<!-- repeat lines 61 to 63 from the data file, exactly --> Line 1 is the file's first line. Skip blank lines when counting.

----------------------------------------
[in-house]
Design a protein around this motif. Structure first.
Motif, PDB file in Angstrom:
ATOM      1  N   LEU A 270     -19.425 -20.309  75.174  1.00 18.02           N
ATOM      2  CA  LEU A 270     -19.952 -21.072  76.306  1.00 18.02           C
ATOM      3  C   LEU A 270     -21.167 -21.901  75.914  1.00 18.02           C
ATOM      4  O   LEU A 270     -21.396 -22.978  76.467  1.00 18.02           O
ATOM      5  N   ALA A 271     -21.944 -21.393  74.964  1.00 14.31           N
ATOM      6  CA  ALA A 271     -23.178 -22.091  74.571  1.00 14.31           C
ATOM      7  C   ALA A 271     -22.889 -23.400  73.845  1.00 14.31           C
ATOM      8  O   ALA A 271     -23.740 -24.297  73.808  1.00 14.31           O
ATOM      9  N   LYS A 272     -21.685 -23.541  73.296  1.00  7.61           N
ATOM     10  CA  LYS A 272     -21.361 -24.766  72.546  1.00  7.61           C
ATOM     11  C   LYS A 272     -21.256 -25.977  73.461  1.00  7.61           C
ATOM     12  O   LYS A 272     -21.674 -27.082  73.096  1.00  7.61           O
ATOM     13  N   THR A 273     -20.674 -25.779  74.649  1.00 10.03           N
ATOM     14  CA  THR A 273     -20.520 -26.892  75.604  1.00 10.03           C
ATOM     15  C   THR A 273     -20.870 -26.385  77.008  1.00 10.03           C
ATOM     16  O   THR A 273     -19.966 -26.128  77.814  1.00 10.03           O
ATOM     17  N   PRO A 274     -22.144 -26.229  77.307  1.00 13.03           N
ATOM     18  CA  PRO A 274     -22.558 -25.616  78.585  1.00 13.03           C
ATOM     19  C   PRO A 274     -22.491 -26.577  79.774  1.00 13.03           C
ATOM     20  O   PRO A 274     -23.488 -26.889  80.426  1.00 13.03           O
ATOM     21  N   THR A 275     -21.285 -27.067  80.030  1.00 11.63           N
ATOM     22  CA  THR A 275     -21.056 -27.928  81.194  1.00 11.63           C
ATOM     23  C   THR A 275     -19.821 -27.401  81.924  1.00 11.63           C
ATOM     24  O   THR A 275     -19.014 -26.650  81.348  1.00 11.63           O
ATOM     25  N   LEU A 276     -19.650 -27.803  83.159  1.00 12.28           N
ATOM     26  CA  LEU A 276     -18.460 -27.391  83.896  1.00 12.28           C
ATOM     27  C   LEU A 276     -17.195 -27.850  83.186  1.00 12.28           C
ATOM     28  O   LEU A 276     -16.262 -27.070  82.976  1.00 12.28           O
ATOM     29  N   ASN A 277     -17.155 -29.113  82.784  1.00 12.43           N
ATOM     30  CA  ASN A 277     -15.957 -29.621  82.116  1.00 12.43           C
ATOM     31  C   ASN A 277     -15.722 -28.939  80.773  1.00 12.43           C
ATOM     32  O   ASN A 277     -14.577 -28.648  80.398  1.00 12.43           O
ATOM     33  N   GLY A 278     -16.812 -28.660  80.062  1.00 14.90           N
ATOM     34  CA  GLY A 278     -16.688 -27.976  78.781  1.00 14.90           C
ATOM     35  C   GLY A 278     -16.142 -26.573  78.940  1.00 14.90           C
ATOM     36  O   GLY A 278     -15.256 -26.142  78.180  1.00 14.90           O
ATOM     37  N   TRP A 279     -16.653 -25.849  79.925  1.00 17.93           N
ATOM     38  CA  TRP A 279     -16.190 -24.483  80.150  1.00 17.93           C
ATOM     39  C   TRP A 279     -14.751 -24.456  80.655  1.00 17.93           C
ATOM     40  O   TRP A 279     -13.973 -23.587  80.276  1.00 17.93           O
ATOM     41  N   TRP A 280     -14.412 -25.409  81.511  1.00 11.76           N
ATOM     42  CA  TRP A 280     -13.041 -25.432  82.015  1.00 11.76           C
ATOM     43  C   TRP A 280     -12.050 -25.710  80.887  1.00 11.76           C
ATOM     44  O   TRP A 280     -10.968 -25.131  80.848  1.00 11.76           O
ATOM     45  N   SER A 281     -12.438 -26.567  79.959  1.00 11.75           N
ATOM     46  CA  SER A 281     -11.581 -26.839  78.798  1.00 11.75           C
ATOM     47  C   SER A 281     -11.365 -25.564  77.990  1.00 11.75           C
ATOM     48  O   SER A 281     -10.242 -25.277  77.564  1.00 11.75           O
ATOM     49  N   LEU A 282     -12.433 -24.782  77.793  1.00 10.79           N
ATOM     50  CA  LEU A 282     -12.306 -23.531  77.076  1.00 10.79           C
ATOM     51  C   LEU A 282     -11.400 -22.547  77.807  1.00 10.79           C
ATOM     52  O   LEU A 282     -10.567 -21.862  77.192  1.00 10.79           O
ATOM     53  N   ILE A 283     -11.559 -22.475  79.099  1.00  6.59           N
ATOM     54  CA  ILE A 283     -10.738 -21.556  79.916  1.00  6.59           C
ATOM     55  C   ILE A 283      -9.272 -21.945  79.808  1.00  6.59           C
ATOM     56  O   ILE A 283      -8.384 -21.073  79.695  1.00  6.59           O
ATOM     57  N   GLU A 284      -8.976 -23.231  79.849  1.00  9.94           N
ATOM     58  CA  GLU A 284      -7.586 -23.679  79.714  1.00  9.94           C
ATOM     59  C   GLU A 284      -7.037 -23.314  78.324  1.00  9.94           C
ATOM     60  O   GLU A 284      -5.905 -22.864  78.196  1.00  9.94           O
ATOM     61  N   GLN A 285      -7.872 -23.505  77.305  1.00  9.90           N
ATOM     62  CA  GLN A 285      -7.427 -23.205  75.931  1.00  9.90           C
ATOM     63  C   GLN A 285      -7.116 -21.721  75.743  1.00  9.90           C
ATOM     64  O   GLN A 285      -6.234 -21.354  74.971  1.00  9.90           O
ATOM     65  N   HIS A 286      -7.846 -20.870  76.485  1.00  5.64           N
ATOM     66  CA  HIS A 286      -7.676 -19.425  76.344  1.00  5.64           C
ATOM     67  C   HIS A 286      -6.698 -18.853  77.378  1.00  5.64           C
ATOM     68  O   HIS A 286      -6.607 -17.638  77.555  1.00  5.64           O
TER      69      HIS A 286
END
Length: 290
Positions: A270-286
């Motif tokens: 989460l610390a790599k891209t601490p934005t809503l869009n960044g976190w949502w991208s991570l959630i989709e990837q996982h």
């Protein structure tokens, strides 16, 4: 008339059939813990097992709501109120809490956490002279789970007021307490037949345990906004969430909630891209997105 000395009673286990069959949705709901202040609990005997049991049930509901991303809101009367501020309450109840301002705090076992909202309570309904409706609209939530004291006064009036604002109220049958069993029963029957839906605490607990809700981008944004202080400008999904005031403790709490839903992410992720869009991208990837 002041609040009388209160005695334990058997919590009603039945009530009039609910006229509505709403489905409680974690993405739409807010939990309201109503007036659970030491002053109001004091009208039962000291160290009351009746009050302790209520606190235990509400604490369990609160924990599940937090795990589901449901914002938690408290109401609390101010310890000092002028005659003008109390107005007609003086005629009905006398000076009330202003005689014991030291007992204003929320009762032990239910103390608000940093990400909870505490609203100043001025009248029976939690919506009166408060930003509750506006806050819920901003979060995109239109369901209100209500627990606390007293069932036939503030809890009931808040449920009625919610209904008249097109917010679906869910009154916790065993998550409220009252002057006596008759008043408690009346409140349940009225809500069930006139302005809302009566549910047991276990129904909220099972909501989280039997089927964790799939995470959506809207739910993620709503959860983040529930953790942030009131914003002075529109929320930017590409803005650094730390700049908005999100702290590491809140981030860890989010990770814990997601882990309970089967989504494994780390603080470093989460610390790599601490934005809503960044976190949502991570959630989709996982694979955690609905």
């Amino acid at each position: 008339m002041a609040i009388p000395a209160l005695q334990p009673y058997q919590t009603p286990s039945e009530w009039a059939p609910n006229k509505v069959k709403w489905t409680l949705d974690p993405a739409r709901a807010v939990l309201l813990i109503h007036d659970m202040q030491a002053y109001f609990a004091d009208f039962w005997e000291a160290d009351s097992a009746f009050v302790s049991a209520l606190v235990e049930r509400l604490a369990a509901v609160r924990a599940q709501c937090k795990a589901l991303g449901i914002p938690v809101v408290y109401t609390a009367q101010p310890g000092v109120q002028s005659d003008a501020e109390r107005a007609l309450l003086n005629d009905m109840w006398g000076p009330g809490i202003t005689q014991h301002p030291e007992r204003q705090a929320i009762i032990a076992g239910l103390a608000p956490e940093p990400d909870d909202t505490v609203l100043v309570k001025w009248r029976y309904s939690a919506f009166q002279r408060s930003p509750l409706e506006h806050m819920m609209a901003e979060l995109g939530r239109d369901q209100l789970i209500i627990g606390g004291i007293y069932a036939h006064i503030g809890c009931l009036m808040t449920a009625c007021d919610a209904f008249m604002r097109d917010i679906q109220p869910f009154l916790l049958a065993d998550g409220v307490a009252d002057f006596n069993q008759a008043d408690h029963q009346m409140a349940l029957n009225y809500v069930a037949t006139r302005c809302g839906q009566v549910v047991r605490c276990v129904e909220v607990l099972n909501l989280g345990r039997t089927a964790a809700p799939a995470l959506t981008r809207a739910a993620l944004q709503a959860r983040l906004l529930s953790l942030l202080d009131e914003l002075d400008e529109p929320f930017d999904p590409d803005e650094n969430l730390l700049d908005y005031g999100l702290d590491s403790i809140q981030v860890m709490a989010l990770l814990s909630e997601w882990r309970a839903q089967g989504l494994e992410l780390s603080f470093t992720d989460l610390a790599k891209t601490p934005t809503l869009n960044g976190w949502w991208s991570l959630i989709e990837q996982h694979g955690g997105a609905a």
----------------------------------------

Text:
ATOM     58  CA  GLU A 284      -7.586 -23.679  79.714  1.00  9.94           C
ATOM     59  C   GLU A 284      -7.037 -23.314  78.324  1.00  9.94           C
ATOM     60  O   GLU A 284      -5.905 -22.864  78.196  1.00  9.94           O